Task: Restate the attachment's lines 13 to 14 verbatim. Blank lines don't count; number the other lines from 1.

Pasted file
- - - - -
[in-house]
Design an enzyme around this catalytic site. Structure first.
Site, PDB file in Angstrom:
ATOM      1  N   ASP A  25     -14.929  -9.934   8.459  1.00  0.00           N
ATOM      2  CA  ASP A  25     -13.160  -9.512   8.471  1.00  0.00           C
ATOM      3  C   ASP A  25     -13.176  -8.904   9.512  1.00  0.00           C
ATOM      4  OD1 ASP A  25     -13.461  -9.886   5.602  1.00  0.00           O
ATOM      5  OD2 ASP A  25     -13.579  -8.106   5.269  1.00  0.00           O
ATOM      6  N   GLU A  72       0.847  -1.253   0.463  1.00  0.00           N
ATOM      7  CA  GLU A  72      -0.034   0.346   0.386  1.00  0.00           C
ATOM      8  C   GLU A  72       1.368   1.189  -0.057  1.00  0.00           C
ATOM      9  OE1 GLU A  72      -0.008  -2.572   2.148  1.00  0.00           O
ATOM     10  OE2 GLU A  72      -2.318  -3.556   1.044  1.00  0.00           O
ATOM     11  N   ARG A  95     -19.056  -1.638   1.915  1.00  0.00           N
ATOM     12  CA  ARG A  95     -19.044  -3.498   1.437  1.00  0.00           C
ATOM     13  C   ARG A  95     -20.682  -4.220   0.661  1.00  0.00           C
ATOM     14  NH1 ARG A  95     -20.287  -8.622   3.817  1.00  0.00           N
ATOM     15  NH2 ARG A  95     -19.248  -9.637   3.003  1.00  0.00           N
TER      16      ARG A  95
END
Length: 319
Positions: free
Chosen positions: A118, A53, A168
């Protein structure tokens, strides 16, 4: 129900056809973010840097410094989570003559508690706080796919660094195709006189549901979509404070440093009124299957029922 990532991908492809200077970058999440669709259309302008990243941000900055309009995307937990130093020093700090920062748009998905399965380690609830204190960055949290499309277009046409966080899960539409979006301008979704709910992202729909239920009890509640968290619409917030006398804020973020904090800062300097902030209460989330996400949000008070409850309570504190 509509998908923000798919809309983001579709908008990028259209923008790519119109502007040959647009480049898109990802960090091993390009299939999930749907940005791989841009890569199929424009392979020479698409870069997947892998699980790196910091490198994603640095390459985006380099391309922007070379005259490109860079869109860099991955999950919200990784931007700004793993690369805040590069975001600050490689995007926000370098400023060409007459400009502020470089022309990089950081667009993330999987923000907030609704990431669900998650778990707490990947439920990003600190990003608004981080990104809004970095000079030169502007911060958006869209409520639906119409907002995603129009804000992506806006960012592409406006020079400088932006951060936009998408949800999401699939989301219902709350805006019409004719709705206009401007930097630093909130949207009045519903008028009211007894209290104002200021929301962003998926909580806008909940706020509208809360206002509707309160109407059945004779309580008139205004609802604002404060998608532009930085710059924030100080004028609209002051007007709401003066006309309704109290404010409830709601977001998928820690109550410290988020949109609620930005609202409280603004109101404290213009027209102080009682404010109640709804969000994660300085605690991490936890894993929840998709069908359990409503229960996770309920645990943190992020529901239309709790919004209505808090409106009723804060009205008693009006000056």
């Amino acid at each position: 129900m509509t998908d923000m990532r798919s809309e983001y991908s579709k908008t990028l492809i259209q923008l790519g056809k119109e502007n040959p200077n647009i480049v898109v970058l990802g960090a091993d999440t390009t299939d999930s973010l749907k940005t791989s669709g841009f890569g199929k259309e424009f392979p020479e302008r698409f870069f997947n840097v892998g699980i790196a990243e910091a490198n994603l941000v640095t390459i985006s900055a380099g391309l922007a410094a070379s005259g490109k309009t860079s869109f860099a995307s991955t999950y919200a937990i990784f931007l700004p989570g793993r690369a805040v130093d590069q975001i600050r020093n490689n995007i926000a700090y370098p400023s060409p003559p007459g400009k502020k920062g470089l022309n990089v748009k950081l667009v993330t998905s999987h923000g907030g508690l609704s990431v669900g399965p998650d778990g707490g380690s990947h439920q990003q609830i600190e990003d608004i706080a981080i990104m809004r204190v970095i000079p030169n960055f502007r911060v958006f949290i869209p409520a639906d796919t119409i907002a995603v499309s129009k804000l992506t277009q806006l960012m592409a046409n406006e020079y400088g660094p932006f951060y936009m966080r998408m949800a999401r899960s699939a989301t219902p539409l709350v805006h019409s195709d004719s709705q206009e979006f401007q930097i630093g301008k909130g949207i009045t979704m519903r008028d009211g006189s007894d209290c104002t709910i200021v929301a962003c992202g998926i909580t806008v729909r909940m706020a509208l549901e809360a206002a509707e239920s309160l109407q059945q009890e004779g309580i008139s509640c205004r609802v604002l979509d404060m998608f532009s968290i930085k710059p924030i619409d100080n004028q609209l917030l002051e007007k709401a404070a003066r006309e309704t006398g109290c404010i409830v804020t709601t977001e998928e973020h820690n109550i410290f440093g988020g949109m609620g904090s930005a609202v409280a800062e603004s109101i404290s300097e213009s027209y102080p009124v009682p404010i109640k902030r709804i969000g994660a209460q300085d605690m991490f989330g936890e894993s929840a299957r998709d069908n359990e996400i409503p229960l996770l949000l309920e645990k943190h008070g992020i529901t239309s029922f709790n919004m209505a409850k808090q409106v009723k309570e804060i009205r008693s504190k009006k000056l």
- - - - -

ATOM     10  OE2 GLU A  72      -2.318  -3.556   1.044  1.00  0.00           O
ATOM     11  N   ARG A  95     -19.056  -1.638   1.915  1.00  0.00           N